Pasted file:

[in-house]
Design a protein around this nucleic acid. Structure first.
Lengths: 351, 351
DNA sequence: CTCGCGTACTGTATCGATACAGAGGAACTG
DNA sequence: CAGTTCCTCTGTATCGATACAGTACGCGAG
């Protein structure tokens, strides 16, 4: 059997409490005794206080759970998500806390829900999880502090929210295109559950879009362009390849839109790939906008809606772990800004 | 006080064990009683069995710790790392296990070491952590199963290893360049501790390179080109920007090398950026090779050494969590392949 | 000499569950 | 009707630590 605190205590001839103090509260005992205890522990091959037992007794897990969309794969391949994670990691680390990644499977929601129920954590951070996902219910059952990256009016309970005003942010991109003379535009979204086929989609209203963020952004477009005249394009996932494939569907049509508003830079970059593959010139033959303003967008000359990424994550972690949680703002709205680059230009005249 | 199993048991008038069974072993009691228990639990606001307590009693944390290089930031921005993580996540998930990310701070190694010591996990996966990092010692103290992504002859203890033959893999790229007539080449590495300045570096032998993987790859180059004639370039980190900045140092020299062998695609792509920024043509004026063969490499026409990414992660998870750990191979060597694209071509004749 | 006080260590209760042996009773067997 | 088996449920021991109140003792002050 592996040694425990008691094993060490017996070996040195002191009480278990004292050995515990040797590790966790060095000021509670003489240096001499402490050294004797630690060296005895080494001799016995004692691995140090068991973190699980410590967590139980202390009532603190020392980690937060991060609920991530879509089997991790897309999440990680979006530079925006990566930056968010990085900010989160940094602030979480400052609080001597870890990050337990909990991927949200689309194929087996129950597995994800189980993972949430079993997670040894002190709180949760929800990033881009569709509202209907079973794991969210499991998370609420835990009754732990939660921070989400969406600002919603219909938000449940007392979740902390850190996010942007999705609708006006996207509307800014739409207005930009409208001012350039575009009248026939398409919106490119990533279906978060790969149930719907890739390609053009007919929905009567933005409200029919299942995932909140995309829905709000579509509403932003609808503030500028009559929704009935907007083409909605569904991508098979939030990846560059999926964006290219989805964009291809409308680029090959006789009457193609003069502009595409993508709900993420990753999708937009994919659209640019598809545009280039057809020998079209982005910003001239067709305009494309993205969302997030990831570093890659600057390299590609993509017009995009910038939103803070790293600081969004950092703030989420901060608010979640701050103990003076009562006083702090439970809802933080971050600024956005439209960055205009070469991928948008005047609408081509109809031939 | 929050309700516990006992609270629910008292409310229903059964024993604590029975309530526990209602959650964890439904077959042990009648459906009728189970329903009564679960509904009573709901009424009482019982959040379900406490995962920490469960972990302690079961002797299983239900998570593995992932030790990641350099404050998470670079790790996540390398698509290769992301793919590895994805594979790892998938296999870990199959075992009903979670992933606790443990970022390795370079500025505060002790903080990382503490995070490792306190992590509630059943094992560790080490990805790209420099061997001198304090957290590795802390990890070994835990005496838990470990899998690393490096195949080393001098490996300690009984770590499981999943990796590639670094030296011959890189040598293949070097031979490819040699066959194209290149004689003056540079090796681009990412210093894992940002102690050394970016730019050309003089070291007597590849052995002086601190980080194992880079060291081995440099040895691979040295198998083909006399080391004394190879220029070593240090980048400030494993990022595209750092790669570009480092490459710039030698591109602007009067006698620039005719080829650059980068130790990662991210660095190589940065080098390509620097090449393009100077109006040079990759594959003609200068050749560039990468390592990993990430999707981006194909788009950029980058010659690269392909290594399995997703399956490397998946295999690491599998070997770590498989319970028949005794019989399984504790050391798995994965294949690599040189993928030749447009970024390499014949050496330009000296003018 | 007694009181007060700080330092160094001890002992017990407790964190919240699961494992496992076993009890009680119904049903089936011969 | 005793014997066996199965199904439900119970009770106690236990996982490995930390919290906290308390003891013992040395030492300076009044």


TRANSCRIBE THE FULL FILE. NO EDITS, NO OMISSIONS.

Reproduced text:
[in-house]
Design a protein around this nucleic acid. Structure first.
Lengths: 351, 351
DNA sequence: CTCGCGTACTGTATCGATACAGAGGAACTG
DNA sequence: CAGTTCCTCTGTATCGATACAGTACGCGAG
């Protein structure tokens, strides 16, 4: 059997409490005794206080759970998500806390829900999880502090929210295109559950879009362009390849839109790939906008809606772990800004 | 006080064990009683069995710790790392296990070491952590199963290893360049501790390179080109920007090398950026090779050494969590392949 | 000499569950 | 009707630590 605190205590001839103090509260005992205890522990091959037992007794897990969309794969391949994670990691680390990644499977929601129920954590951070996902219910059952990256009016309970005003942010991109003379535009979204086929989609209203963020952004477009005249394009996932494939569907049509508003830079970059593959010139033959303003967008000359990424994550972690949680703002709205680059230009005249 | 199993048991008038069974072993009691228990639990606001307590009693944390290089930031921005993580996540998930990310701070190694010591996990996966990092010692103290992504002859203890033959893999790229007539080449590495300045570096032998993987790859180059004639370039980190900045140092020299062998695609792509920024043509004026063969490499026409990414992660998870750990191979060597694209071509004749 | 006080260590209760042996009773067997 | 088996449920021991109140003792002050 592996040694425990008691094993060490017996070996040195002191009480278990004292050995515990040797590790966790060095000021509670003489240096001499402490050294004797630690060296005895080494001799016995004692691995140090068991973190699980410590967590139980202390009532603190020392980690937060991060609920991530879509089997991790897309999440990680979006530079925006990566930056968010990085900010989160940094602030979480400052609080001597870890990050337990909990991927949200689309194929087996129950597995994800189980993972949430079993997670040894002190709180949760929800990033881009569709509202209907079973794991969210499991998370609420835990009754732990939660921070989400969406600002919603219909938000449940007392979740902390850190996010942007999705609708006006996207509307800014739409207005930009409208001012350039575009009248026939398409919106490119990533279906978060790969149930719907890739390609053009007919929905009567933005409200029919299942995932909140995309829905709000579509509403932003609808503030500028009559929704009935907007083409909605569904991508098979939030990846560059999926964006290219989805964009291809409308680029090959006789009457193609003069502009595409993508709900993420990753999708937009994919659209640019598809545009280039057809020998079209982005910003001239067709305009494309993205969302997030990831570093890659600057390299590609993509017009995009910038939103803070790293600081969004950092703030989420901060608010979640701050103990003076009562006083702090439970809802933080971050600024956005439209960055205009070469991928948008005047609408081509109809031939 | 929050309700516990006992609270629910008292409310229903059964024993604590029975309530526990209602959650964890439904077959042990009648459906009728189970329903009564679960509904009573709901009424009482019982959040379900406490995962920490469960972990302690079961002797299983239900998570593995992932030790990641350099404050998470670079790790996540390398698509290769992301793919590895994805594979790892998938296999870990199959075992009903979670992933606790443990970022390795370079500025505060002790903080990382503490995070490792306190992590509630059943094992560790080490990805790209420099061997001198304090957290590795802390990890070994835990005496838990470990899998690393490096195949080393001098490996300690009984770590499981999943990796590639670094030296011959890189040598293949070097031979490819040699066959194209290149004689003056540079090796681009990412210093894992940002102690050394970016730019050309003089070291007597590849052995002086601190980080194992880079060291081995440099040895691979040295198998083909006399080391004394190879220029070593240090980048400030494993990022595209750092790669570009480092490459710039030698591109602007009067006698620039005719080829650059980068130790990662991210660095190589940065080098390509620097090449393009100077109006040079990759594959003609200068050749560039990468390592990993990430999707981006194909788009950029980058010659690269392909290594399995997703399956490397998946295999690491599998070997770590498989319970028949005794019989399984504790050391798995994965294949690599040189993928030749447009970024390499014949050496330009000296003018 | 007694009181007060700080330092160094001890002992017990407790964190919240699961494992496992076993009890009680119904049903089936011969 | 005793014997066996199965199904439900119970009770106690236990996982490995930390919290906290308390003891013992040395030492300076009044």